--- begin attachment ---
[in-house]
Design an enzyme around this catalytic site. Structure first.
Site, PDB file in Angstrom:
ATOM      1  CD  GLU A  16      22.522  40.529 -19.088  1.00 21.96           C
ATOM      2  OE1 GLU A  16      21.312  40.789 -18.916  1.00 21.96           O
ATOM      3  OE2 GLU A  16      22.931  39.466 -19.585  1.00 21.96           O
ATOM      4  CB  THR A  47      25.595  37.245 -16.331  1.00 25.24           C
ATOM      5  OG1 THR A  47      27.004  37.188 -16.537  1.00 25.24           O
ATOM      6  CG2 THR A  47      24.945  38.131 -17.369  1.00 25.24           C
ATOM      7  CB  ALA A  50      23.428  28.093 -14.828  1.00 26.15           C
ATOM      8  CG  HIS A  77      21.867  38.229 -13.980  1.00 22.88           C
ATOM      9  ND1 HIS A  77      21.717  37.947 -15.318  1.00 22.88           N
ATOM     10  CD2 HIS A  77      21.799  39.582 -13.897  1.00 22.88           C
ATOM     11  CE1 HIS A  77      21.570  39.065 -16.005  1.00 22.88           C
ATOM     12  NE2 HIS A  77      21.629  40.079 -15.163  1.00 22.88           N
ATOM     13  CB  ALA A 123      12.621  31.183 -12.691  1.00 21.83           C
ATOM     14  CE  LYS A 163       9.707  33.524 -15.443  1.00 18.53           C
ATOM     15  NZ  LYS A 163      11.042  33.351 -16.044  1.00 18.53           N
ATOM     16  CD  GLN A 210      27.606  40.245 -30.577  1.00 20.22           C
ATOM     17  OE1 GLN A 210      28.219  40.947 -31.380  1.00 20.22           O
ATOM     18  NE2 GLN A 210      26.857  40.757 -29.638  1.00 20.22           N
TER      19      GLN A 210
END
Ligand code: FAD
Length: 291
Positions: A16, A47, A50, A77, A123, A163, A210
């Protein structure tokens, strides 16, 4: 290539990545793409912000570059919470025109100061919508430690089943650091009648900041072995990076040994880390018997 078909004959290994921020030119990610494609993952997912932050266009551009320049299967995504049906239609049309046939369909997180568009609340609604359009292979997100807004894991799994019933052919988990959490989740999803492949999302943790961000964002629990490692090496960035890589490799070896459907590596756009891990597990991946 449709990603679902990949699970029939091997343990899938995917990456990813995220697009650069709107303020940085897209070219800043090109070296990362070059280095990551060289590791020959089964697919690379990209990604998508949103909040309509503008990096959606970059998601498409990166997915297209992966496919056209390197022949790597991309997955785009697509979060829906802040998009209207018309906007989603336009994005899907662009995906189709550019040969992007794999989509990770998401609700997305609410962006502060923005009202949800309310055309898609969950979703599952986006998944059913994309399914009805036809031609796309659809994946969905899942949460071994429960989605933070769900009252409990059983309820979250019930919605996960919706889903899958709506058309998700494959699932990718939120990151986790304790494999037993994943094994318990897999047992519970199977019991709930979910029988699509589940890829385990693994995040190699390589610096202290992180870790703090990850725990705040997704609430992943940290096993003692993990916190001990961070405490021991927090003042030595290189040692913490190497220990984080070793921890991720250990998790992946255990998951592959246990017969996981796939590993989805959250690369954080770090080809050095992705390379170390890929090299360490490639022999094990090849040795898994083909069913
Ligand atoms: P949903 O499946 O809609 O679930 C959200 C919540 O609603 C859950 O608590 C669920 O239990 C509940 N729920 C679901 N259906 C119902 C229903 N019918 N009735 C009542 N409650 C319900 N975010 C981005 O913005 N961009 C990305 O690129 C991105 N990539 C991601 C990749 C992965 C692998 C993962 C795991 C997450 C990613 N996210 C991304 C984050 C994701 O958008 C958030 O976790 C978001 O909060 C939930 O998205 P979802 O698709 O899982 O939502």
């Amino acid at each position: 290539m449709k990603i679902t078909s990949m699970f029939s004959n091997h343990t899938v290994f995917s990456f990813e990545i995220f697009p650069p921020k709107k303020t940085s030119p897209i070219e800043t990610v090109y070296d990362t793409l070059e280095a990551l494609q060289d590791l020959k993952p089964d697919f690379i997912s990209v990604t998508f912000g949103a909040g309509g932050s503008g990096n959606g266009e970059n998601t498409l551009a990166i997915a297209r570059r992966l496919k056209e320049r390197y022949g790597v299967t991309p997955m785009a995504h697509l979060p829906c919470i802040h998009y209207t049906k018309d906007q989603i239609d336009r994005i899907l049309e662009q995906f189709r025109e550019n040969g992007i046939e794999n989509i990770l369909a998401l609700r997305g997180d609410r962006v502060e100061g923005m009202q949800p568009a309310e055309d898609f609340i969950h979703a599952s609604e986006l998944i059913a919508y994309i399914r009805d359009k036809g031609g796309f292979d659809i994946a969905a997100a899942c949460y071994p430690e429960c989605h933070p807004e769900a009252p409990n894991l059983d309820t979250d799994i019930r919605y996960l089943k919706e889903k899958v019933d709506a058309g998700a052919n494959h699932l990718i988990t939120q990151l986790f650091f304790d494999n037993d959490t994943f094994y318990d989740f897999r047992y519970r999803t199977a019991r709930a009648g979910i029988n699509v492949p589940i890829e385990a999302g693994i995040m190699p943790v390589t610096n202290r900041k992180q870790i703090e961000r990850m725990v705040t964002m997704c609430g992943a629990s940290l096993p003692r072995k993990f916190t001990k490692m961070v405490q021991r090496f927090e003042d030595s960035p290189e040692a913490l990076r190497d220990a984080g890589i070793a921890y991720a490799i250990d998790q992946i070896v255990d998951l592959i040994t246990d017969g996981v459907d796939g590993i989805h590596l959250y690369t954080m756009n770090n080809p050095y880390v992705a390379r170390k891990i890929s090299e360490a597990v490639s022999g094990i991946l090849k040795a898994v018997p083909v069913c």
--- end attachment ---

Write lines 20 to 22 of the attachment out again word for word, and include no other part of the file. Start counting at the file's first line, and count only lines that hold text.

ATOM     17  OE1 GLN A 210      28.219  40.947 -31.380  1.00 20.22           O
ATOM     18  NE2 GLN A 210      26.857  40.757 -29.638  1.00 20.22           N
TER      19      GLN A 210